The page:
Other scholars think Jesus is referring to the new earth and his reign on it (Rev. 21:1). Another part of the description refers to followers of Jesus receiving an inheritance: “Those who are victorious will inherit all this, and I will be their God and they will be my children.” (Rev. 21:7, NIV, emphasis added).
Also, see Where is Purgatory in the Bible? to learn more.
Christians Should Be Meek Like Jesus
Matthew commentator Michael Wilkins writes, “Jesus exemplifies best what it means to be gentle. It takes tremendous strength to bring others into God’s will, but when that strength is coupled with selfless nonassertiveness, it produces a gentle person who can patiently endure much to bring about God’s purpose for people.” 
Jesus was gentle
Jesus said, “Take My yoke upon you and learn from Me; for I am gentle and humble in heart, and you will find rest for your souls.” (Matt. 11:29, ESV)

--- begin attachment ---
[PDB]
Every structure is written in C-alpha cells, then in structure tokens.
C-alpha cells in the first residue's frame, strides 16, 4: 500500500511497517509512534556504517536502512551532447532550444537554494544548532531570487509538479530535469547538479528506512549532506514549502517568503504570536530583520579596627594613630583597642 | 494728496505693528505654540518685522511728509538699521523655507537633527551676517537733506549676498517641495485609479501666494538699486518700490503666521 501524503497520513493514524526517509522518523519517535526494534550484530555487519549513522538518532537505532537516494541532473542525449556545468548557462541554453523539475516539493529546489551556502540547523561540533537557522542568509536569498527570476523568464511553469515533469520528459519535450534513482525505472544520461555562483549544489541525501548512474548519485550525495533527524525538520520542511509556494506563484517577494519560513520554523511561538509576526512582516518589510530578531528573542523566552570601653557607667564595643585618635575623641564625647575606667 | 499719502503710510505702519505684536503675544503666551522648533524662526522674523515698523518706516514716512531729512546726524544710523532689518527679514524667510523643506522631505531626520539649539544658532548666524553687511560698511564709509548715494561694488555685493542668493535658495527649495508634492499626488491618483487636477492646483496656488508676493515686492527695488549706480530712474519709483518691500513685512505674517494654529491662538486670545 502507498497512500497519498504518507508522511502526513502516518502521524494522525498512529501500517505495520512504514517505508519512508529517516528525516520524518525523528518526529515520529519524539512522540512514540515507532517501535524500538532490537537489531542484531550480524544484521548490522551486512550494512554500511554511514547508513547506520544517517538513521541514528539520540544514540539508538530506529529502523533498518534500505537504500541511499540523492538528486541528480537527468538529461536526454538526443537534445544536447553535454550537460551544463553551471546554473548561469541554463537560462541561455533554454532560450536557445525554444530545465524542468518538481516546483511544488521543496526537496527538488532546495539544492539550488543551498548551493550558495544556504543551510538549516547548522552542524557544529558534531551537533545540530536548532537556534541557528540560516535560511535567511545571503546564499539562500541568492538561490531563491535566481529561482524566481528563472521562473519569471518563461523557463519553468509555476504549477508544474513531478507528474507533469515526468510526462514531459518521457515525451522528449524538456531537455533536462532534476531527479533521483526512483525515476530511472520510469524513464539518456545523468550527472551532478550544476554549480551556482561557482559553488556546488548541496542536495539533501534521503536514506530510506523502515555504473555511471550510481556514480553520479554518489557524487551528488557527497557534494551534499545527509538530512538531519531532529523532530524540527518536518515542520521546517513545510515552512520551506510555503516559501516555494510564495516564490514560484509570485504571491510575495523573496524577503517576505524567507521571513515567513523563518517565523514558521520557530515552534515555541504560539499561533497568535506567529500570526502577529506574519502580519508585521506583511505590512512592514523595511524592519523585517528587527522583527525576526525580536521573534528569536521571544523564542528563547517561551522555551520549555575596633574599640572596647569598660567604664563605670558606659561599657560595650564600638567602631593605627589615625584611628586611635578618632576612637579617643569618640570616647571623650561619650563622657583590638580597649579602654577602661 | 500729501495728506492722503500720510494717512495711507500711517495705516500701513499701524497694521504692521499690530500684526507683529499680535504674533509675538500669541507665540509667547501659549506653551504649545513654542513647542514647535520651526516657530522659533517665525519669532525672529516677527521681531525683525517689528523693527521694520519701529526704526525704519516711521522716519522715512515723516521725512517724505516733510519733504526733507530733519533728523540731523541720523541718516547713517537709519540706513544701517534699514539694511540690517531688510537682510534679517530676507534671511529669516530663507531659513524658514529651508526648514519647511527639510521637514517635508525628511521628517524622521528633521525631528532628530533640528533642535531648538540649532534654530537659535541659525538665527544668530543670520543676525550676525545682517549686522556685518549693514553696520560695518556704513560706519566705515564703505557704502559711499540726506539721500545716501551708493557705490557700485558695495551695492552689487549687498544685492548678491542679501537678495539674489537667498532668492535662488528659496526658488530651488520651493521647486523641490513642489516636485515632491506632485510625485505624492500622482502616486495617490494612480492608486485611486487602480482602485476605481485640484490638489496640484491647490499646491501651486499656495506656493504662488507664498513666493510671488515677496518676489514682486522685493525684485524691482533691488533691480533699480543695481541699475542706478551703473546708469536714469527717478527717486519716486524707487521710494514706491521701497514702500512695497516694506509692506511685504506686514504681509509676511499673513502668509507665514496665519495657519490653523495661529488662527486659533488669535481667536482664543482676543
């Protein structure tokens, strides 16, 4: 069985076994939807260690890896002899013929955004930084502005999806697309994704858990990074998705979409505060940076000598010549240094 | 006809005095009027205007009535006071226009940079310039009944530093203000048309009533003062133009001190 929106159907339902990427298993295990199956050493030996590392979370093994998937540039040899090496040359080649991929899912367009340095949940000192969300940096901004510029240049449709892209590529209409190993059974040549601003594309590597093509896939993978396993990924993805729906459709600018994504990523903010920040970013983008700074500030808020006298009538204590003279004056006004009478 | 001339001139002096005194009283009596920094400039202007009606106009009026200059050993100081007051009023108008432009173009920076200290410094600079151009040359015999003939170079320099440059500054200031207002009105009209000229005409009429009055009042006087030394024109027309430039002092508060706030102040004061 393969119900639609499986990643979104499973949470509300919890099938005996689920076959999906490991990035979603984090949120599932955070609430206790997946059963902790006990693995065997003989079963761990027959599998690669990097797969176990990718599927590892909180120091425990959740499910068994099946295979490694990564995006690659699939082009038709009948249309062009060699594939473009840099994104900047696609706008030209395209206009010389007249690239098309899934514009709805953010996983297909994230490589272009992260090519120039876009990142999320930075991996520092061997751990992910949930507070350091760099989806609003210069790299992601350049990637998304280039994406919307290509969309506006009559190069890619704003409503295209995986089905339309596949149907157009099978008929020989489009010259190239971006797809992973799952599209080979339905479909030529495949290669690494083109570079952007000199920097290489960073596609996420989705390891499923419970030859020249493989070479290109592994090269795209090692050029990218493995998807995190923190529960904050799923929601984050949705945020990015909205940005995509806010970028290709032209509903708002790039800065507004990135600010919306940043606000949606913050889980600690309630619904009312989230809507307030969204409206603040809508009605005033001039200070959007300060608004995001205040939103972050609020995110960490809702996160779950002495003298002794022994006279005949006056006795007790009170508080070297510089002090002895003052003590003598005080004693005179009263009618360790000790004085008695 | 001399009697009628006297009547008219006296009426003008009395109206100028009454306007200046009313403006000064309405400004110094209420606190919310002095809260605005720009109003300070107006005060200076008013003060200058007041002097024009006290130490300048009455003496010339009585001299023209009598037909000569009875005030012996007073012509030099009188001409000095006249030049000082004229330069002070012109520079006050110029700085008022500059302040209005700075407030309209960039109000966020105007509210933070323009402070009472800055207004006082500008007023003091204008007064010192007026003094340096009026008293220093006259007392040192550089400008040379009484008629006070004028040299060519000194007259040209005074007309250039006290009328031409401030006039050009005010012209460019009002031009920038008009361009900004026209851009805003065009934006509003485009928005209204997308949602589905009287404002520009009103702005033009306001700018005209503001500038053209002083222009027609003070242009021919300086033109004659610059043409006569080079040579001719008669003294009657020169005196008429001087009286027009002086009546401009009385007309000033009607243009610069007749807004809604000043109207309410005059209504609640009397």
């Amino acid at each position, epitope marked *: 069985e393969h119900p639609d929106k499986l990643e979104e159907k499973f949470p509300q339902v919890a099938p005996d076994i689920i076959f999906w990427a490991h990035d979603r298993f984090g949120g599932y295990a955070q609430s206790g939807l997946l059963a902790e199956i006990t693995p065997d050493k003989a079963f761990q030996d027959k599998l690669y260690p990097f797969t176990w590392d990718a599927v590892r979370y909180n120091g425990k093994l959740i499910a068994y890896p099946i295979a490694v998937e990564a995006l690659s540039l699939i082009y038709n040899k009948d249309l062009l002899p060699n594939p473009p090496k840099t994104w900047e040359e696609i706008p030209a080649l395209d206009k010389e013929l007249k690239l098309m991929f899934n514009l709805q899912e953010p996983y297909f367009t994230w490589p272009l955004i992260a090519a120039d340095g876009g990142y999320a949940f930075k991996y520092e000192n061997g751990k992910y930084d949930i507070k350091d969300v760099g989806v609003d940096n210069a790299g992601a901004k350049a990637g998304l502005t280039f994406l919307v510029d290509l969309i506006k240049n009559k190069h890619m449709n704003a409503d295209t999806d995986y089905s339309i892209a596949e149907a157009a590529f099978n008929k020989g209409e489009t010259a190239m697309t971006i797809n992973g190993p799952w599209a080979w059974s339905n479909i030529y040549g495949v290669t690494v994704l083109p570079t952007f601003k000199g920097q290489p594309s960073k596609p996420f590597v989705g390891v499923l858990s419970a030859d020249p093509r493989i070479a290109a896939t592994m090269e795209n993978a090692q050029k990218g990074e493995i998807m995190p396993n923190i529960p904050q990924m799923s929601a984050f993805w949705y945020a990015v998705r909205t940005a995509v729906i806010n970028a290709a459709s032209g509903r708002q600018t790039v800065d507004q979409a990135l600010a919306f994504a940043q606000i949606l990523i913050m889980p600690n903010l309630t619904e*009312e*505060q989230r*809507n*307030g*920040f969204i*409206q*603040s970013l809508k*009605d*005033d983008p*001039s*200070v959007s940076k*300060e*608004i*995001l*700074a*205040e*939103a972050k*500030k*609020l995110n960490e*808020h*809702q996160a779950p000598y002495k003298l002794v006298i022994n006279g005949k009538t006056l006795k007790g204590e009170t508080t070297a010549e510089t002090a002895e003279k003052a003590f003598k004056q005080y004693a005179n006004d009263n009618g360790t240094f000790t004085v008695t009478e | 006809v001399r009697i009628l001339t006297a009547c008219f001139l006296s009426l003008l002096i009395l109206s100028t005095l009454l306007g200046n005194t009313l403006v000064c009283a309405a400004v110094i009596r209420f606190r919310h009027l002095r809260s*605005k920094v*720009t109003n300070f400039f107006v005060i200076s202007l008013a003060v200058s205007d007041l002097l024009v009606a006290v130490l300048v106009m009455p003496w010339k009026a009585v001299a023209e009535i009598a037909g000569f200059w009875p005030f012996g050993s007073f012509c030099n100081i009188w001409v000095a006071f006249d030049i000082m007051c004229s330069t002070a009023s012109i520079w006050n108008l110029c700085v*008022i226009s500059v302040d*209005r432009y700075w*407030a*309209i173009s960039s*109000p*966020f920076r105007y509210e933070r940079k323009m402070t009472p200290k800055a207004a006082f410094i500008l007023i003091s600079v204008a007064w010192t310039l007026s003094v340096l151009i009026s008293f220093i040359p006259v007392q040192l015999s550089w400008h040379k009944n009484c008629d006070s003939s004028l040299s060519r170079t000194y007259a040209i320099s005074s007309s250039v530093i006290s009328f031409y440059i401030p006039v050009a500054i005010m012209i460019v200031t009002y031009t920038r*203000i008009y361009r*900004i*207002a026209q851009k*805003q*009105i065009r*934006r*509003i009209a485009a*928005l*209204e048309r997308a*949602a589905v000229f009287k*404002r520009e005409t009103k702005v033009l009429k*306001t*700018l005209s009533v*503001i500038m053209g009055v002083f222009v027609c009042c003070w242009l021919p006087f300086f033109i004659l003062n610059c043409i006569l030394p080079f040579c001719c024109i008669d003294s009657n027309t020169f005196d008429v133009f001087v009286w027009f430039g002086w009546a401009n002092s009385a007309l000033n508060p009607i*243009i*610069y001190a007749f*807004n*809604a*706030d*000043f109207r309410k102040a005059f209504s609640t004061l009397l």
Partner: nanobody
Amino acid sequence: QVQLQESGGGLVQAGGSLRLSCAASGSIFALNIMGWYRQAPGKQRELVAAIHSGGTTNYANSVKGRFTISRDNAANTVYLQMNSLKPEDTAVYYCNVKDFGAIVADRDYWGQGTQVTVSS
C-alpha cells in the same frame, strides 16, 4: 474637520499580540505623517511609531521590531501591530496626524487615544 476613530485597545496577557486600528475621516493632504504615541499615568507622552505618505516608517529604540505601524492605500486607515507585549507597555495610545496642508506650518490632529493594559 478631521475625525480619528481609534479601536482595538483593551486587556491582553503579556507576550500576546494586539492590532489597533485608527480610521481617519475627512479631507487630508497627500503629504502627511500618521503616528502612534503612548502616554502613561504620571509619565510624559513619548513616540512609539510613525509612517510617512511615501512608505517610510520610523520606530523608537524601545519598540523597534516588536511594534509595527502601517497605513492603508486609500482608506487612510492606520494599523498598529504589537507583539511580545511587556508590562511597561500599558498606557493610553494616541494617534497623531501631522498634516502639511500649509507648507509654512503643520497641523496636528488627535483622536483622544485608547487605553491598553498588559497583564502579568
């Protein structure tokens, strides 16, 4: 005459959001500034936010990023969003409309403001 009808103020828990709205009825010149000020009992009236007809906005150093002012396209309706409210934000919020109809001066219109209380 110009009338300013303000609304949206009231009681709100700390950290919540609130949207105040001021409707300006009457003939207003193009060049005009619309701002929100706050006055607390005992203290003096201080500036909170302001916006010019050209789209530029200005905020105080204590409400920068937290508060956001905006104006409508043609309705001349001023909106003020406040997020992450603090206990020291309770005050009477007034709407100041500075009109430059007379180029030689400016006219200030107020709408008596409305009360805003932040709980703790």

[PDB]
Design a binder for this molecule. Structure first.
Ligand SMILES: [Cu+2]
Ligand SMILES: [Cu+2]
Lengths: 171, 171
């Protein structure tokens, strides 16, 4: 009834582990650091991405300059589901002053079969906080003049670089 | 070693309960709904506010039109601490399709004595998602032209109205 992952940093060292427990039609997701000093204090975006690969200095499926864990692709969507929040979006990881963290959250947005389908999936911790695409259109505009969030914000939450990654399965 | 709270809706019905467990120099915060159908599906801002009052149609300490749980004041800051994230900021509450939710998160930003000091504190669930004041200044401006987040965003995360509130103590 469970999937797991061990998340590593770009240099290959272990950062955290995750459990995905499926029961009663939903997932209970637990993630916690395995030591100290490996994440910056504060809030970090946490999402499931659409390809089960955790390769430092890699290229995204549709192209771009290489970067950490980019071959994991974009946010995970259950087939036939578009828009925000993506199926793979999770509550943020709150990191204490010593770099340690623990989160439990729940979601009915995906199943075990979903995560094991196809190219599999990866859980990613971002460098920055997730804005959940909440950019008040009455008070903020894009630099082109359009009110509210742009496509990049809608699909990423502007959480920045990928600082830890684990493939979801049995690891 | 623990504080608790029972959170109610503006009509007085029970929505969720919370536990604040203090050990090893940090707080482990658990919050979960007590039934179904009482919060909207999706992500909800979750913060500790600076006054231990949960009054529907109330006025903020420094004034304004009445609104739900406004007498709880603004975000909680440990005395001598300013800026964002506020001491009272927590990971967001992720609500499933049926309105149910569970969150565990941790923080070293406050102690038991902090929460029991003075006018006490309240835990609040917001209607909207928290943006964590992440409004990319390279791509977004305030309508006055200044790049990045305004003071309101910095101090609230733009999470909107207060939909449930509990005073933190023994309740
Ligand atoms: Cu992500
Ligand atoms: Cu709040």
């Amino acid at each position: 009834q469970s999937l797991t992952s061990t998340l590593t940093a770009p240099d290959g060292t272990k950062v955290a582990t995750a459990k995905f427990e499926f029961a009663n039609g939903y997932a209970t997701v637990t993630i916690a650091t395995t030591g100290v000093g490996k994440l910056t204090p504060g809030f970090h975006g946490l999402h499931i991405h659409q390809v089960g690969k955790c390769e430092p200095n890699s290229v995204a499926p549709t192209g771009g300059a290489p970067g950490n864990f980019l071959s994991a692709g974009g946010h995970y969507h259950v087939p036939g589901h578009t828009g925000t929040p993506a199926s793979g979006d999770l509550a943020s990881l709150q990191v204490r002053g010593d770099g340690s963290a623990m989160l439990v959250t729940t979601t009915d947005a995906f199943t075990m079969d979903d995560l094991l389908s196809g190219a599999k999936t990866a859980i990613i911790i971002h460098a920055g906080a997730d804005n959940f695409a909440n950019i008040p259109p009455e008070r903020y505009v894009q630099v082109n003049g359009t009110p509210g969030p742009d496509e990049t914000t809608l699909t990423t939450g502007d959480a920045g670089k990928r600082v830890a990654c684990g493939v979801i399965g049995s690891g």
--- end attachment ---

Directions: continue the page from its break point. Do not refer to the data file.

“I, Paul, myself entreat you, by the meekness and gentleness of Christ—I who am humble when face to face with you, but bold toward you when I am away!” (2 Cor. 10:1, ESV)
“Say to Daughter Zion, ‘See, your king comes to you, gentle and riding on a donkey, and on a colt, the foal of a donkey.'” (Matt. 21:5)
Christians should be gentle
“I therefore, a prisoner for the Lord, urge you to walk in a manner worthy of the calling to which you have been called, with all humility and gentleness, with patience, bearing with one another in love.” (Eph. 4:1-2)
“Put on then, as God’s chosen ones, holy and beloved, compassionate hearts, kindness, humility, meekness, and patience.” (Col. 3:12)
“But in your hearts honor Christ the Lord as holy, always being prepared to make a defense to anyone who asks you for a reason for the hope that is in you; yet do it with gentleness and respect.” (1 Pet. 3:15)
“But the fruit of the Spirit is love, joy, peace, patience, kindness, goodness, faithfulness, gentleness, self-control; against such things there is no law.” (Gal. 5:23-24)
“Who is wise and understanding among you? By his good conduct let him show his works in the meekness of wisdom.” (Jas. 3:13)
Also, see What is Circumcision in the Bible? to learn more.
 Mounce’s Complete Expository Dictionary of Old and New Testament Words. p. 281.
 The Practice of Godliness by Jerry Bridges. p. 181.
 Matthew by Michael Wilkins. NIVAC. p. 207.